Email: jburke@english.as.ua.edu
Office: 
233 Morgan Hall
Office Phone: 
205.348.8500

John J. Burke Jr. is professor English at the University of Alabama and is currently serving as director of undergraduate studies in the English department.  His principal job as director of undergraduate studies is to look after the wellbeing of approximately 500 majors who call the English Department their home.  This puts him in charge of advising and other matters that concern English majors.  He necessarily also plays an important intermediary role between the students and the Department’s faculty and instructors at the 200-level and higher.

In his role as a literary scholar John pursues a wide range of interests in literary issues.  Those interests have extended all the way from Chaucer all the way up through Flannery O’Connor and Iris Murdoch.  His specialty, since his days as a graduate student at UCLA, has been in the literature of the Restoration and 18th century (1660-1785).  For an extended period of time, his research and publications focused on writers such as Samuel Johnson and James Boswell and on the complicated issues involved in assessing the merit and worth in literary biographies.

Over the past decade or so, however, his major interests have shifted towards the idea of epic and its influence on the literature of the Restoration and Eighteenth Century.   At first this resulted in a return to his early interest in Henry Fielding and his proposal that the new species of writing being created during the 18th century be called “comic epic-poems in prose.”  That brought him to a major conference on Henry Fielding’s work in London in April of 2007 and the later publication of the paper he read there, “Fielding’s Epic Combat with Milton in Tom Jones.”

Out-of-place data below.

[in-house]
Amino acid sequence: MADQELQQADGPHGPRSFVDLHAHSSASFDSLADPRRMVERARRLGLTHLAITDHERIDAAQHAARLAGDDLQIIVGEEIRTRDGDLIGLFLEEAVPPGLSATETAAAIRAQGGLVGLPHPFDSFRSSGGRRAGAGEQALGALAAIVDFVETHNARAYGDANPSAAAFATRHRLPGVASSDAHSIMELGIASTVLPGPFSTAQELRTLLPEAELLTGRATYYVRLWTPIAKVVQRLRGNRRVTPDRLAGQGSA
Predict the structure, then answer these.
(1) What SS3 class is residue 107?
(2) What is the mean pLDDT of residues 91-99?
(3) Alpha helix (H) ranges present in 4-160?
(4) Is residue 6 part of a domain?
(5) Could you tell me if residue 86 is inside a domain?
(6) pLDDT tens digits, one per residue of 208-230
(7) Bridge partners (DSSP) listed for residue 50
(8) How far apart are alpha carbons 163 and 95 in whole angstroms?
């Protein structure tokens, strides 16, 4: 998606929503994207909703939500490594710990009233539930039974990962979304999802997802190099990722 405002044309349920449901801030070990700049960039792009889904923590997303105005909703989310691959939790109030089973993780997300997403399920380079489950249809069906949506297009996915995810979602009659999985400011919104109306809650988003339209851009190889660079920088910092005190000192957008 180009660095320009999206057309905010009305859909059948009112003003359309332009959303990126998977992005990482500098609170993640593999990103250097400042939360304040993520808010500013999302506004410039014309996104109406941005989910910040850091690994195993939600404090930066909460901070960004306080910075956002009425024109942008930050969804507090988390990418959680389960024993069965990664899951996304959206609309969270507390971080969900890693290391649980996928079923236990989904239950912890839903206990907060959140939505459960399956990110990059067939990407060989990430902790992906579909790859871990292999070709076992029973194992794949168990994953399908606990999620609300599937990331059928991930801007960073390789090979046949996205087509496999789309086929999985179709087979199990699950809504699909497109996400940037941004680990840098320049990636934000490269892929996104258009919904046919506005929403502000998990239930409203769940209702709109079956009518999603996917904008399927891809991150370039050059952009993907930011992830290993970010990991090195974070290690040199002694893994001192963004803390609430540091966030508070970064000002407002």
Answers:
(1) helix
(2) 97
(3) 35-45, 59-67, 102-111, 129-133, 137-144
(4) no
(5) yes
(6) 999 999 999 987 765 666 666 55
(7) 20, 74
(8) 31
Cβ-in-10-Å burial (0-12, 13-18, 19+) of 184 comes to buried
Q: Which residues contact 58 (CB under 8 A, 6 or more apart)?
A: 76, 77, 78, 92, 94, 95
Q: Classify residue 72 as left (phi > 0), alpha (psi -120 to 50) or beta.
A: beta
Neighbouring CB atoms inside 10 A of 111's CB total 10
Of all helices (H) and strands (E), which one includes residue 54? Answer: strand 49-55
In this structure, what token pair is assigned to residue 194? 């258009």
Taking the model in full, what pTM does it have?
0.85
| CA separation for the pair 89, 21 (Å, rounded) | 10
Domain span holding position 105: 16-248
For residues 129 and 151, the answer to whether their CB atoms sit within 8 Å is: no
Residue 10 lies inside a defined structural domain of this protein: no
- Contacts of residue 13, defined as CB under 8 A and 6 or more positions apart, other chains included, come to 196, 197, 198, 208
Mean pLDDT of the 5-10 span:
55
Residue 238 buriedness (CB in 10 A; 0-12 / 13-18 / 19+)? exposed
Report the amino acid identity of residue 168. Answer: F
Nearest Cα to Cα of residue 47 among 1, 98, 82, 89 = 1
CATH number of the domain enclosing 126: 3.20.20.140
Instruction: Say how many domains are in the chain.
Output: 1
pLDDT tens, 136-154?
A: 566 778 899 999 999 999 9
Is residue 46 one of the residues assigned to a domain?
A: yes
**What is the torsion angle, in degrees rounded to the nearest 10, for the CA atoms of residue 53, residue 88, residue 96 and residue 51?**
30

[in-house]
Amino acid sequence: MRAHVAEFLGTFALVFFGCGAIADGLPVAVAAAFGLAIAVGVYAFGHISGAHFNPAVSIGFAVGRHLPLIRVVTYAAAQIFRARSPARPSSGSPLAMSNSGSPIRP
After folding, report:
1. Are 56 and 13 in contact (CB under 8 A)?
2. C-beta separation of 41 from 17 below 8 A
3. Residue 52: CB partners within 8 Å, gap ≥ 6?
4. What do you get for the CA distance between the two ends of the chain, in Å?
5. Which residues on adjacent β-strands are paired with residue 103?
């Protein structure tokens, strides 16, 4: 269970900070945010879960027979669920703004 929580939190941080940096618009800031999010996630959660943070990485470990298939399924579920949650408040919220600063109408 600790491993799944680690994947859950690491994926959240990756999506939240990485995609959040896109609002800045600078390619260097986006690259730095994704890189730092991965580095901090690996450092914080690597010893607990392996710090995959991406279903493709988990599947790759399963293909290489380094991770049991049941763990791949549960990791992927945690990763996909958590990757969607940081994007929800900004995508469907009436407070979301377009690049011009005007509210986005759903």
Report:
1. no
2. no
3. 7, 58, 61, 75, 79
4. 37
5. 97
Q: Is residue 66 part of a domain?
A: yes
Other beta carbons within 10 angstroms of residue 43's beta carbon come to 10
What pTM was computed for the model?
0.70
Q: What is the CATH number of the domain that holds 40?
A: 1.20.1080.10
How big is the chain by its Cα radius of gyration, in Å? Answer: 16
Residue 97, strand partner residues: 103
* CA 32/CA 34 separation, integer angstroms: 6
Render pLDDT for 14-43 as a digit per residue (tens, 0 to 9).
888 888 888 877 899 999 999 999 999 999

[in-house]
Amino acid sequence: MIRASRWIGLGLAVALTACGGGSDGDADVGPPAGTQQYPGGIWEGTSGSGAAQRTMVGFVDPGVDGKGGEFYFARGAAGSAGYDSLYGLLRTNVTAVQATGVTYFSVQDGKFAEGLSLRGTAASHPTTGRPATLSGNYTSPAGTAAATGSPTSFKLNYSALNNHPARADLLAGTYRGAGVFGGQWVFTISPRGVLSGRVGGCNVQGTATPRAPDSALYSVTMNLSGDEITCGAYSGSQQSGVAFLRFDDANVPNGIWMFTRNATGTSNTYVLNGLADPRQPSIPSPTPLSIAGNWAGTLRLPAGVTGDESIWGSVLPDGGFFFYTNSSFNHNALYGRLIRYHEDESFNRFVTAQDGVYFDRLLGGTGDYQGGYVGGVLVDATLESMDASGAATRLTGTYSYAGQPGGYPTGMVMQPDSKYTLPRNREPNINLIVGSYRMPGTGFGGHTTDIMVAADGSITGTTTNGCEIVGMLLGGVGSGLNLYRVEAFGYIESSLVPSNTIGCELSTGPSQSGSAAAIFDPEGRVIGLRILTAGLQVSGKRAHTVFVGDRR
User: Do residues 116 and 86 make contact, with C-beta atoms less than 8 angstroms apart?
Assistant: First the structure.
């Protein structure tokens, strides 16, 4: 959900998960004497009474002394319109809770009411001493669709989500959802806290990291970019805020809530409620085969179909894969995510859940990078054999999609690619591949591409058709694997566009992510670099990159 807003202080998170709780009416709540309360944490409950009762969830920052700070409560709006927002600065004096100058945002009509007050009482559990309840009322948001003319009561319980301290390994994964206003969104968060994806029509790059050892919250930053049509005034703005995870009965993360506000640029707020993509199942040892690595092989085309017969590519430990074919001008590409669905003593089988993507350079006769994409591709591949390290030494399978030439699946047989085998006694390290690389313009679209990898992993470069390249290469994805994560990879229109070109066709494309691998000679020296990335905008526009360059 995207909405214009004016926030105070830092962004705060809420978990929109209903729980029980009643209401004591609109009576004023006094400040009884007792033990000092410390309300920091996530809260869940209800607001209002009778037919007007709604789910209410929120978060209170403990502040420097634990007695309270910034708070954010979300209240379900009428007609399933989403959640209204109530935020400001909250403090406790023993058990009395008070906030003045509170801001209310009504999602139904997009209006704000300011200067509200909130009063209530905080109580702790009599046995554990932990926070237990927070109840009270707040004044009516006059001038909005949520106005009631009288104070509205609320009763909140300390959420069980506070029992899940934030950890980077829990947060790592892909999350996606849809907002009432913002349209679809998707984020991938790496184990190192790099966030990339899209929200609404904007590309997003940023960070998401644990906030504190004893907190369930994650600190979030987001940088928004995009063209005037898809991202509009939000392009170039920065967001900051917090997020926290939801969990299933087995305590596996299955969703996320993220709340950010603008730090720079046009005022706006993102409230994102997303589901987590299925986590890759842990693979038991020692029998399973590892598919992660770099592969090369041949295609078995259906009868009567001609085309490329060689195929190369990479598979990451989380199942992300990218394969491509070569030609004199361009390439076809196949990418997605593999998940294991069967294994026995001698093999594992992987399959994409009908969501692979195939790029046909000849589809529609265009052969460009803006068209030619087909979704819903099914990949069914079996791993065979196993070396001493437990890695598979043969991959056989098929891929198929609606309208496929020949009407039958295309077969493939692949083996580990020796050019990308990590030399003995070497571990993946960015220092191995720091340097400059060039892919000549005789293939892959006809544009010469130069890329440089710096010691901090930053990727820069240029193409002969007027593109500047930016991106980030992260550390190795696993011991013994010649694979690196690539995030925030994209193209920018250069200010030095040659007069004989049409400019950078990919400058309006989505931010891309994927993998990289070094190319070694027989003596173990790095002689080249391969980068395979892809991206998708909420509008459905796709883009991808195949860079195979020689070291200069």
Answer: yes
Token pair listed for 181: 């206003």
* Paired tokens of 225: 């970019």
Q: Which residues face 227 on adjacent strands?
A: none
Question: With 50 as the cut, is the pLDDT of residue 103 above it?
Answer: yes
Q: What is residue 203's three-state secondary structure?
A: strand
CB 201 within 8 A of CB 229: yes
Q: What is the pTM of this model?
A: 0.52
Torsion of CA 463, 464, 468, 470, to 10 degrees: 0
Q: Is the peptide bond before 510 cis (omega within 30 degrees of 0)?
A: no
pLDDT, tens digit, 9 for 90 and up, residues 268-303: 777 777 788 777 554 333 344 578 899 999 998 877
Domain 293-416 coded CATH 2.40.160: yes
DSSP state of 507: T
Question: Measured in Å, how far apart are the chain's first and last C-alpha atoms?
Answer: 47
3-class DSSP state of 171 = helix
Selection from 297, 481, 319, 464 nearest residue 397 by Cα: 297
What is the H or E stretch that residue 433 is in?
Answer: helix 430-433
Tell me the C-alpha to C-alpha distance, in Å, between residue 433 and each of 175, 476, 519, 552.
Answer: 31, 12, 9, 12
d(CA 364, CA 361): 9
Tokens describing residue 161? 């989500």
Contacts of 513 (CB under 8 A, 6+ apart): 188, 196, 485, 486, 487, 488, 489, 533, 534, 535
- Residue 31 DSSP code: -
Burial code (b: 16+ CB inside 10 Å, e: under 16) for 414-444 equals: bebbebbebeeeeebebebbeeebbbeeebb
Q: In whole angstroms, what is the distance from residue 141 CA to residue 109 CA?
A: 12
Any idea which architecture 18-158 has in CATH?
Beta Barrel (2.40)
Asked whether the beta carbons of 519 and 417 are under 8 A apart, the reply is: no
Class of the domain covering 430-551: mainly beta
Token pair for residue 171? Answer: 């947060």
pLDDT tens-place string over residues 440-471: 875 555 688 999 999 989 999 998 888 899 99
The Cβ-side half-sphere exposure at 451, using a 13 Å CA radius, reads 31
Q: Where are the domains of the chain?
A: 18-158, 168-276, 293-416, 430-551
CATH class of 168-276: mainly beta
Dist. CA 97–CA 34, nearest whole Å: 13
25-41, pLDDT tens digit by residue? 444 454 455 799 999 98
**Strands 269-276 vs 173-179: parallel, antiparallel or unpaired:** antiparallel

More recently, he has expanded that interest into the English Restoration and the figures of John Dryden and John Milton.  This has brought him face-to-face with Dryden’s highly esteemed translation of Virgil’s epic poem The Aeneid (1697).  He is particularly interested in the personal factors that drew Dryden so powerfully to Virgil’s poem.  This, it turns out, was necessarily conditioned by Dryden’s more complicated reaction to what may well be the great single poem in the English language, Milton’s epic poem Paradise Lost , first published in 1667.  He will be examining these relationships in papers to be given at the University of Hawaii in January 2012 and at Nanyang University in Singapore in June 2012.

Books Edited

The Unknown Samuel Johnson. With Donald Kay. Madison: U of Wisconsin P, 1983.

Signs and Symbols in Chaucer's Poetry. With John P. Hermann. Tuscaloosa: U of Alabama P, 1981.

Articles and Essays

                 “Facing the Future with the Shield of Aeneas: Dryden, Virgil, and the Testing of His Catholic Faith in the 1690s,” Religion in the Age of the Enlightenment 3 (New York: 
                 AMS Press, 2012), 85-105.

                 (Reflections on the Origins of Postmodern Deconstruction in Eighteenth-century Classical Studies): Richard Bentley: Poetry and Enlightenment by Kristine Louise 
                 Haugen, Age of Johnson 22 (New York: AMS Press, 2012), 337-44.

                 “When Things Go Wrong, Terribly Wrong: Milton, Dryden, and the Politics of a  Providential University,” An Expanding Universe: The Project of Eighteenth-Century 
                 Studies
, ed. Cedric Reverand Jr. and Kevin L. Cope (New York: AMS  Press, forthcoming),

                 “Fielding’s Epic Combat with Milton in Tom Jones,” Henry Fielding in Our Time: Tercentenary Essays, ed. J. A. Downie (Cambridge, Eng.: Cambridge Scholars    
                  Publishing, 2008), pp. 51-64.

                “Reconfiguring the Idea of 18th-Century Literature in a New Epoch: Moving from the Augustan to the Menippean,” Eighteenth-Century Life, 31.2 (2007), 83-95.